Kapiti Coast District Council has identified 40 sacred Maori sites on which owners will not be allowed to subdivide, alter existing buildings, or disturb the land.
Letters were sent to affected property owners last month, giving them four weeks' notice that the historic status of the waahi tapu sites would be included in the new district plan, to take effect this week.
Owners have been told submissions on the proposal close on March 1.
The latest proposed change to the district plan follows the announcement in August that the values of 1800 beachfront properties would be affected by new predictions of 50 and 100-year coastal erosion zones.
The council commissioned three local iwi, Te Atiawa ki Whakarongotai, Ngati Toa and Ngati Raukawa, to look at possible sites of historic interest to them on the Kapiti Coast.
About 400 were identified, which have been trimmed to 40 for inclusion in the proposed district plan.
Waikanae Community Board chairman and lawyer Michael Scott said yesterday: "Yet again the council has potentially undermined people's property values.
"They should have discussed the issue with property owners before dropping the information on LIMs [land information memorandums] and titles.
"In the worst-case scenario, a farmer will be allowed to graze stock but not be allowed to disturb the land surface, and a section owner only allowed to use certain types of foundations.
"More than that, you will not be able to dig a hole and put a swimming pool in. Some of these notices are going to drastically affect people's property."
He believed the council was leaving itself dangerously exposed to compensation claims, following any judicial reviews of its decisions.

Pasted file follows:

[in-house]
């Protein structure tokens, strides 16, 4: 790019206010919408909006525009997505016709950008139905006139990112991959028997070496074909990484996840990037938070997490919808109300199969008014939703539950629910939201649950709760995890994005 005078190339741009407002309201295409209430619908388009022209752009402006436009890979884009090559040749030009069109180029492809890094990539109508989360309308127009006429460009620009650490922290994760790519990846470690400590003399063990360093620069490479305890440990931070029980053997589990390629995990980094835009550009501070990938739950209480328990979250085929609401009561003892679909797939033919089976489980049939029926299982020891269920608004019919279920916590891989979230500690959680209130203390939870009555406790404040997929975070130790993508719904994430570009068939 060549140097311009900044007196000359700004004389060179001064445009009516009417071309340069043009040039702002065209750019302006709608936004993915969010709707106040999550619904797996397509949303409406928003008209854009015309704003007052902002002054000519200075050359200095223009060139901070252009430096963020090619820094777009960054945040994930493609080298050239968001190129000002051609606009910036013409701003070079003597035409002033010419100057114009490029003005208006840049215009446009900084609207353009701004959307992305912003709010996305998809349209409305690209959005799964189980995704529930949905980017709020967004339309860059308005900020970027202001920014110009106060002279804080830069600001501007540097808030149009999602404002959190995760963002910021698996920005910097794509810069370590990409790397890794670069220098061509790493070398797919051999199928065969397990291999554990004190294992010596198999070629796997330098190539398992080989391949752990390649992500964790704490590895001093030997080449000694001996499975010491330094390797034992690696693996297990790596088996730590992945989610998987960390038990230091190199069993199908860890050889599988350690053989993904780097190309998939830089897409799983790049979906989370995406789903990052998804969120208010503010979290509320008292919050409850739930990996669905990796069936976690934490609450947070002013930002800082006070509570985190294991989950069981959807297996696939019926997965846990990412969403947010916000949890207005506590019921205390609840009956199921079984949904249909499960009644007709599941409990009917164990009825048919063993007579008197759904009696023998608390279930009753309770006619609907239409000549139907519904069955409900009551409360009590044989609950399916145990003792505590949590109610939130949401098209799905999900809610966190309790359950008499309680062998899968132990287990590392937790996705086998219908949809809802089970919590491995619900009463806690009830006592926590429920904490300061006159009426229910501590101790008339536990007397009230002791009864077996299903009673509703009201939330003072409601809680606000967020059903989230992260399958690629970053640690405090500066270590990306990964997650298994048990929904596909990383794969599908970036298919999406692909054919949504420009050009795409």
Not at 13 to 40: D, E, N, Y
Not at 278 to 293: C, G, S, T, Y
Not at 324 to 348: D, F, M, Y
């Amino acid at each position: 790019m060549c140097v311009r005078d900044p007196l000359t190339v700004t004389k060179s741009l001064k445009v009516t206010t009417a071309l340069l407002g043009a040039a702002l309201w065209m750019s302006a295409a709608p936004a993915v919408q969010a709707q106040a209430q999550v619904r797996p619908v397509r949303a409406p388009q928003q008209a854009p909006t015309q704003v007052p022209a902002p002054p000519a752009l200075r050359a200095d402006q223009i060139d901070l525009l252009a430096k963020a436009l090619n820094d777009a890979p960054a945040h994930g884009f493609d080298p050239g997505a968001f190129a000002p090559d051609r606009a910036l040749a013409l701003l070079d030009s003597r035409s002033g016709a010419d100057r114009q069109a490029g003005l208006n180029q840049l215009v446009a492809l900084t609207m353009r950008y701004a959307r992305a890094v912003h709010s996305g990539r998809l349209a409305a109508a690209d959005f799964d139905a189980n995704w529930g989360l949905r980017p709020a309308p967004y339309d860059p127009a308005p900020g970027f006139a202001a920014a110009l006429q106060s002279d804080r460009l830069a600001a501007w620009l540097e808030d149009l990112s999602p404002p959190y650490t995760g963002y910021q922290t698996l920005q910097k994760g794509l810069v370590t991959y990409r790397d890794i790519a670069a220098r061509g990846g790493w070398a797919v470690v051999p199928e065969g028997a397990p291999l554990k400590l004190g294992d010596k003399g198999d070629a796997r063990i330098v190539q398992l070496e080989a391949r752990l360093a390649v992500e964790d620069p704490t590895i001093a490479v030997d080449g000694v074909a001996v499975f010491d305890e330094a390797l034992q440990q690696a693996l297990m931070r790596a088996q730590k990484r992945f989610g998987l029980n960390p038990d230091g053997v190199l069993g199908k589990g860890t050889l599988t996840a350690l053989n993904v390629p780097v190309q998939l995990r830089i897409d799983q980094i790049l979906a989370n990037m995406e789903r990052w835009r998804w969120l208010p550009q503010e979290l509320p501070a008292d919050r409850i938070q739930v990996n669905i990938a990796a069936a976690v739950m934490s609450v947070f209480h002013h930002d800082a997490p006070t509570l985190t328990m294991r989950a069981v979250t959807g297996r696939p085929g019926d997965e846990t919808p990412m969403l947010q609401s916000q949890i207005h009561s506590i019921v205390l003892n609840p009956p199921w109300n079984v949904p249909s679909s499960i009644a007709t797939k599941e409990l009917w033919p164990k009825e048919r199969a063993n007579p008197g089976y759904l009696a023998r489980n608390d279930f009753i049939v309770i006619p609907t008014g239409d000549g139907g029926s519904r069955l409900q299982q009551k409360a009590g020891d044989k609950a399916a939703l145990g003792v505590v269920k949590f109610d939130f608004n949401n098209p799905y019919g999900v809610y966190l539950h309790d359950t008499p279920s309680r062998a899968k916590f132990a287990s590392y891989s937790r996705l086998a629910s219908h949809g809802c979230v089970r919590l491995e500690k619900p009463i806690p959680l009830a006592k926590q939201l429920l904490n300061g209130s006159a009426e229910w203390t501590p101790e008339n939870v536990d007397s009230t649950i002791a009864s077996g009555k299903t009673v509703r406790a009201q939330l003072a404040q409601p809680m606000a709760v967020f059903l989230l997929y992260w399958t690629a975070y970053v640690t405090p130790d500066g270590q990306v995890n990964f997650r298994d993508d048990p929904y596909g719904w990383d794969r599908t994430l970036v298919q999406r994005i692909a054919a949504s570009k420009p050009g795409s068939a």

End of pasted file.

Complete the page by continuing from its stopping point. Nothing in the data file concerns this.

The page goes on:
One property owner, who did not want to be named, received a council letter last month "out of the blue" stating that Maori researchers believed a pa site and an urupa may have been on his land.
The letters outlined restrictions on what could be done on the land, including earthworks, modification of existing buildings and subdivision. The only land disturbance permitted was "for the purpose of human burials".
The property owner said the property had been in European ownership and farmed since 1830. Previous owners had never mentioned a pa site, and the land had been extensively modified over the years. He planned to appeal against the council's move.
He feared it would allow Maori to walk on to his land and start burying their dead, but council sustainable development manager Jim Ebenhoh said the proposal would not give people the right to go on to private land not at present used for burials and inter people.
"Urupa which are active cemeteries can continue to be used for that purpose, allowing for the possibility that, if a group gained ownership of land where an urupa had been situated, they could reactivate it," Mr Ebenhoh said.
Jonathan Smith, who plans to build an eco-village on his Waikanae North land, also received a letter about a waahi tapu site on his property.
"I am concerned about how the process has been managed, the late timing. Present-day landowners could have been more involved in the process."
He had already recognised a waahi tapu site on his land by creating an open space. "Now they say there was a pa site and an urupa. Where does an urupa start and stop?
"I do not think there has been much thought about the consequences for present-day landowners. I would like to recognise the value of it without being clobbered by it."
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